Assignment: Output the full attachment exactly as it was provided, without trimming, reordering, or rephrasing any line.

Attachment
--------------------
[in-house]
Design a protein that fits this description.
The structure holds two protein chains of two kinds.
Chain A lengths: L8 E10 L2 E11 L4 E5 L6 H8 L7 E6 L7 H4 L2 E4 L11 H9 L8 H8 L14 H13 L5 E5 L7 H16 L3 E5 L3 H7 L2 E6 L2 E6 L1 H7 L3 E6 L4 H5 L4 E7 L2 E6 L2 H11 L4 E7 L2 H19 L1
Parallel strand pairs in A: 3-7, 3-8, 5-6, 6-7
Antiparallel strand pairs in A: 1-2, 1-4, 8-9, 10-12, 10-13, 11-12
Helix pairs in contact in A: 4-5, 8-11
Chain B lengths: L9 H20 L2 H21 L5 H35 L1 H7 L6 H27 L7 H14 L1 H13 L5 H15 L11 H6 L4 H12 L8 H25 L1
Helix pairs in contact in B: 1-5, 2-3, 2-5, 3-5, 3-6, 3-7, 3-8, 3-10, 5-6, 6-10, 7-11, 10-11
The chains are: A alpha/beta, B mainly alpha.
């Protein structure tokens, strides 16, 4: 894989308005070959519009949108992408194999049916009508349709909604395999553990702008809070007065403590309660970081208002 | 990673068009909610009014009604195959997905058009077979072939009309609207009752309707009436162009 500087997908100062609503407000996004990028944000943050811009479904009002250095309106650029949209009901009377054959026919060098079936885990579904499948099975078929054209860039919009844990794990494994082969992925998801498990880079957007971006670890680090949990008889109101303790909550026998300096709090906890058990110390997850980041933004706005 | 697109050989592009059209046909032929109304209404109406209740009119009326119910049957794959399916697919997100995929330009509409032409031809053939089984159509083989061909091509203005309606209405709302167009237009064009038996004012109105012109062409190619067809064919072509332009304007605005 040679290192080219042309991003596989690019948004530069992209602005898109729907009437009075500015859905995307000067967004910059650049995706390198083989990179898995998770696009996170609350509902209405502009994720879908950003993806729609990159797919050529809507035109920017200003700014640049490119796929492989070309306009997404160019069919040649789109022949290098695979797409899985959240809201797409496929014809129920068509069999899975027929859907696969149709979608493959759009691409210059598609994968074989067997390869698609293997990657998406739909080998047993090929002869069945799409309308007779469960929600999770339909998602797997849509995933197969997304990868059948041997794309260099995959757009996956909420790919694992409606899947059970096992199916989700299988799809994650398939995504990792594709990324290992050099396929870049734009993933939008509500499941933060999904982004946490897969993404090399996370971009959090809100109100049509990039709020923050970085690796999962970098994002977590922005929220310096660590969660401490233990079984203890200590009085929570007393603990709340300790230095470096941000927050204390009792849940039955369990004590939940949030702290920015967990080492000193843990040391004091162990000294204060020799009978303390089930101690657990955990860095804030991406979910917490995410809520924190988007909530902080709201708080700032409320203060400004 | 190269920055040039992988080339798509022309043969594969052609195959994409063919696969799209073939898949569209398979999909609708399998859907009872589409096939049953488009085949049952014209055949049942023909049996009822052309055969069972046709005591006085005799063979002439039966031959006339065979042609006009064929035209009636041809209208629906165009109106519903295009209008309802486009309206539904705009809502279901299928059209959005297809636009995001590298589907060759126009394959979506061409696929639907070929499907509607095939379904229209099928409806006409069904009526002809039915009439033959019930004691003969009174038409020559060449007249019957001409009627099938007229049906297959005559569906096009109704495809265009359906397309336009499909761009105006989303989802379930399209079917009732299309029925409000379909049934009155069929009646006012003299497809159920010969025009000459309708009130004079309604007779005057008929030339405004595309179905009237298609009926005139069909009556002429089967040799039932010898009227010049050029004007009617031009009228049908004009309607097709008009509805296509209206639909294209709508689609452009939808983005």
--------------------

[in-house]
Design a protein that fits this description.
The structure holds two protein chains of two kinds.
Chain A lengths: L8 E10 L2 E11 L4 E5 L6 H8 L7 E6 L7 H4 L2 E4 L11 H9 L8 H8 L14 H13 L5 E5 L7 H16 L3 E5 L3 H7 L2 E6 L2 E6 L1 H7 L3 E6 L4 H5 L4 E7 L2 E6 L2 H11 L4 E7 L2 H19 L1
Parallel strand pairs in A: 3-7, 3-8, 5-6, 6-7
Antiparallel strand pairs in A: 1-2, 1-4, 8-9, 10-12, 10-13, 11-12
Helix pairs in contact in A: 4-5, 8-11
Chain B lengths: L9 H20 L2 H21 L5 H35 L1 H7 L6 H27 L7 H14 L1 H13 L5 H15 L11 H6 L4 H12 L8 H25 L1
Helix pairs in contact in B: 1-5, 2-3, 2-5, 3-5, 3-6, 3-7, 3-8, 3-10, 5-6, 6-10, 7-11, 10-11
The chains are: A alpha/beta, B mainly alpha.
């Protein structure tokens, strides 16, 4: 894989308005070959519009949108992408194999049916009508349709909604395999553990702008809070007065403590309660970081208002 | 990673068009909610009014009604195959997905058009077979072939009309609207009752309707009436162009 500087997908100062609503407000996004990028944000943050811009479904009002250095309106650029949209009901009377054959026919060098079936885990579904499948099975078929054209860039919009844990794990494994082969992925998801498990880079957007971006670890680090949990008889109101303790909550026998300096709090906890058990110390997850980041933004706005 | 697109050989592009059209046909032929109304209404109406209740009119009326119910049957794959399916697919997100995929330009509409032409031809053939089984159509083989061909091509203005309606209405709302167009237009064009038996004012109105012109062409190619067809064919072509332009304007605005 040679290192080219042309991003596989690019948004530069992209602005898109729907009437009075500015859905995307000067967004910059650049995706390198083989990179898995998770696009996170609350509902209405502009994720879908950003993806729609990159797919050529809507035109920017200003700014640049490119796929492989070309306009997404160019069919040649789109022949290098695979797409899985959240809201797409496929014809129920068509069999899975027929859907696969149709979608493959759009691409210059598609994968074989067997390869698609293997990657998406739909080998047993090929002869069945799409309308007779469960929600999770339909998602797997849509995933197969997304990868059948041997794309260099995959757009996956909420790919694992409606899947059970096992199916989700299988799809994650398939995504990792594709990324290992050099396929870049734009993933939008509500499941933060999904982004946490897969993404090399996370971009959090809100109100049509990039709020923050970085690796999962970098994002977590922005929220310096660590969660401490233990079984203890200590009085929570007393603990709340300790230095470096941000927050204390009792849940039955369990004590939940949030702290920015967990080492000193843990040391004091162990000294204060020799009978303390089930101690657990955990860095804030991406979910917490995410809520924190988007909530902080709201708080700032409320203060400004 | 190269920055040039992988080339798509022309043969594969052609195959994409063919696969799209073939898949569209398979999909609708399998859907009872589409096939049953488009085949049952014209055949049942023909049996009822052309055969069972046709005591006085005799063979002439039966031959006339065979042609006009064929035209009636041809209208629906165009109106519903295009209008309802486009309206539904705009809502279901299928059209959005297809636009995001590298589907060759126009394959979506061409696929639907070929499907509607095939379904229209099928409806006409069904009526002809039915009439033959019930004691003969009174038409020559060449007249019957001409009627099938007229049906297959005559569906096009109704495809265009359906397309336009499909761009105006989303989802379930399209079917009732299309029925409000379909049934009155069929009646006012003299497809159920010969025009000459309708009130004079309604007779005057008929030339405004595309179905009237298609009926005139069909009556002429089967040799039932010898009227010049050029004007009617031009009228049908004009309607097709008009509805296509209206639909294209709508689609452009939808983005």